Campaigners from several Poole churches gathered at Sandbanks beach on 29th October, urging the government to drop its scheme deporting asylum seekers to Rwanda.
Protestors launched heart-shaped paper aeroplanes bearing the message, ‘Stop Rwanda’, which had been prepared by congregants from several Poole churches, St Mary’s RC church, St. George’s, Oakdale and Buckland Road Baptist church. Afterwards, the aeroplanes were gathered up and sent to local MPs.
“We are dismayed by this cruel plan to send vulnerable people to a country with a poor human rights record, “ explained Judith Williams, one of the organisers, from St Mary’s. “The government says it has a right to deport refugees who have arrived here without permission, but there are currently no legal routes for asylum seekers to reach the UK. These people have never had a chance to have their asylum claims processed.”
“We would like the government to show some compassion,” added Alison Sepping, a member of Poole Quaker meeting. “One deportation notice was sent to a heavily pregnant rape victim, and was only rescinded when her case gained national publicity.”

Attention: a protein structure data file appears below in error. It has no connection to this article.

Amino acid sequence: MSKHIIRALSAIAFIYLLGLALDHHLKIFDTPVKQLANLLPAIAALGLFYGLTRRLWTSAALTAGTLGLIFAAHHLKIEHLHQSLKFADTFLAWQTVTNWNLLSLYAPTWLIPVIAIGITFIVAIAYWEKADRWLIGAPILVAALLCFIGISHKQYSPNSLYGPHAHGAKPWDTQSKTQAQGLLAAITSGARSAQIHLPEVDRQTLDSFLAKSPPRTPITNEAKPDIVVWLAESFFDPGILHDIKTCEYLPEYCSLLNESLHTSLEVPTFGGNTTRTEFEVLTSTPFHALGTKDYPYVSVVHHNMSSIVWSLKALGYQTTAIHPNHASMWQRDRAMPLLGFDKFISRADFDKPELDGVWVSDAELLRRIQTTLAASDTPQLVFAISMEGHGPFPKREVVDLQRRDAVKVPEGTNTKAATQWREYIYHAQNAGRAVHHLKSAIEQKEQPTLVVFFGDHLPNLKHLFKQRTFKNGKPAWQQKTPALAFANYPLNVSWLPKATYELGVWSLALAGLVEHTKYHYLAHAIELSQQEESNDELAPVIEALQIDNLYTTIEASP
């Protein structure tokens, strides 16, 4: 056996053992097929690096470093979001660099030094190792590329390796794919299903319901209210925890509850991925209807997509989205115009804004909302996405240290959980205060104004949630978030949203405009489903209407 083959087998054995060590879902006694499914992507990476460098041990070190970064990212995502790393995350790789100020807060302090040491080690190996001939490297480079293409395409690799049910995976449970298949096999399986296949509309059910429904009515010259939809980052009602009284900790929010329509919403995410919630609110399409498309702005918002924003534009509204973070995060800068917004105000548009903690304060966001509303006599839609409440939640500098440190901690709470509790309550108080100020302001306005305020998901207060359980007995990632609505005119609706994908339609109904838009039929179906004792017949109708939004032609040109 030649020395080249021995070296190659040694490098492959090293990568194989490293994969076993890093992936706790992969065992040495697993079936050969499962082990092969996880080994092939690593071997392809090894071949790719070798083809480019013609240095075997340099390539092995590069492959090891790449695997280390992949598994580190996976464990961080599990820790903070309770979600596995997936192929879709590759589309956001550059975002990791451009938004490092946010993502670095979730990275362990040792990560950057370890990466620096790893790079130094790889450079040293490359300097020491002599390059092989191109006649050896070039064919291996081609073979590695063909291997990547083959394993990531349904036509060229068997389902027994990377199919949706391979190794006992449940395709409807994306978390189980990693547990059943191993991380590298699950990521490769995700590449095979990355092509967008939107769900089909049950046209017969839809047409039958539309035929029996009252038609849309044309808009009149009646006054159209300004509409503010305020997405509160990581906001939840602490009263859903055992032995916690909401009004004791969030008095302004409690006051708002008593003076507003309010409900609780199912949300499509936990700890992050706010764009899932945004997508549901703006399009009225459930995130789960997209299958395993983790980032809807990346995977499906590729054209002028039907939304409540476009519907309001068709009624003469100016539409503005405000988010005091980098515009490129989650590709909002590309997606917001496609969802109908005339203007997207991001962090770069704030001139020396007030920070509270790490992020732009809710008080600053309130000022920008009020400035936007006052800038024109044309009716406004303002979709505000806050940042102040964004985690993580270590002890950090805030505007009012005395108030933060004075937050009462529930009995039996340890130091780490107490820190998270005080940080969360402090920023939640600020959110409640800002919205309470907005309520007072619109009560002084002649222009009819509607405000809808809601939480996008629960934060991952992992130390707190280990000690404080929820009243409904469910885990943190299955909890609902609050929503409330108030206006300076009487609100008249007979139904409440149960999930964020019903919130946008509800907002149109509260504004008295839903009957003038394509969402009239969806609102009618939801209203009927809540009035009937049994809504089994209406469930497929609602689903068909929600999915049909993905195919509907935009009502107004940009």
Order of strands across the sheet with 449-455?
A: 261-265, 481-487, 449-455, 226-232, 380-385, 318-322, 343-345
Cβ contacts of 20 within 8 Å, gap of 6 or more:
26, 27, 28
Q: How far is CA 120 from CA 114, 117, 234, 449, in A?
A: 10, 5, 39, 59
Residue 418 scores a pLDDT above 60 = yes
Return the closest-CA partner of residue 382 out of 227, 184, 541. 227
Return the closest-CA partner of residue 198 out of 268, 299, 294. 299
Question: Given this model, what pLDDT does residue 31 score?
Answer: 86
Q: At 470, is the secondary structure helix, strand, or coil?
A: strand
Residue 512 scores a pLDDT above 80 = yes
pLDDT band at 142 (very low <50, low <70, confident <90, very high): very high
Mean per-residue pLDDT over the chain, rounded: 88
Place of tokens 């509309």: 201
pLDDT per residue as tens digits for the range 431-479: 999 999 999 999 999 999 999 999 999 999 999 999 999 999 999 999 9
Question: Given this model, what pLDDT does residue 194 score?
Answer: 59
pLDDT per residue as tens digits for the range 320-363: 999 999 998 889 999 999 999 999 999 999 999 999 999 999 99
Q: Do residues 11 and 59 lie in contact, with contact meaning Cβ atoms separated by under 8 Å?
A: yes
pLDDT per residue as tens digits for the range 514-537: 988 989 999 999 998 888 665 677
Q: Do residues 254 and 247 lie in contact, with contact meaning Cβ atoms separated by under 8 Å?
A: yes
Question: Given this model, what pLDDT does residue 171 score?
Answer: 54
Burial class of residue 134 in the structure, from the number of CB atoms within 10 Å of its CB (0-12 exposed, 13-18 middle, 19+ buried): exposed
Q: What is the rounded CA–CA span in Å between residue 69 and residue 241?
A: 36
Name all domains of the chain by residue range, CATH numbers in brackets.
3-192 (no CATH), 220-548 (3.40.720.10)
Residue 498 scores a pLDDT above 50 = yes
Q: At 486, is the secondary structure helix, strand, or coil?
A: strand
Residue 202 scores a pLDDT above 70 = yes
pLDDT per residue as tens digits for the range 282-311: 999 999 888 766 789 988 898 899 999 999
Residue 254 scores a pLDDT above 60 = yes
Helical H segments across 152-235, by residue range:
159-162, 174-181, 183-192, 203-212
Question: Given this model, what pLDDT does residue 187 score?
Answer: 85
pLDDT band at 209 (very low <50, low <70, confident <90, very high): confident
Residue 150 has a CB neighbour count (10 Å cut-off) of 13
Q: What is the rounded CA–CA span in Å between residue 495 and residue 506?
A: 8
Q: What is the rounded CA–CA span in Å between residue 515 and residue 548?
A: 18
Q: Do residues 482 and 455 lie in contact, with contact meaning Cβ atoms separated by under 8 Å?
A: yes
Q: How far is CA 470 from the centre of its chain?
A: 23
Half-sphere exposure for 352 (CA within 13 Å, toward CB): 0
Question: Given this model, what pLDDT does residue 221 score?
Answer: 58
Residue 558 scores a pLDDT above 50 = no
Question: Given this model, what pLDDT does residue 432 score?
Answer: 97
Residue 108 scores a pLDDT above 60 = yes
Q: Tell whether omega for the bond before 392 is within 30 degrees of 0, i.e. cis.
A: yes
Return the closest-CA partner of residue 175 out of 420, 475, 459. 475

“”If you close down legal routes for refugees, you can’t be surprised when they find other ways to come here,” said Vikki Slade, who also attended the demonstration. Ms Slade, who is a local councillor and the Liberal Democrat prospective parliamentary candidate for Mid Dorset North Poole, has fostered two unaccompanied refugee children.
“When you hear their accounts of the dangers they were facing in their home countries, you can understand why they had to escape,” she said.
The Refugee Council has raised fears that child refugees could also be sent to Rwanda, highlighting cases where the Home Office had wrongly calculated the ages of young asylum seekers.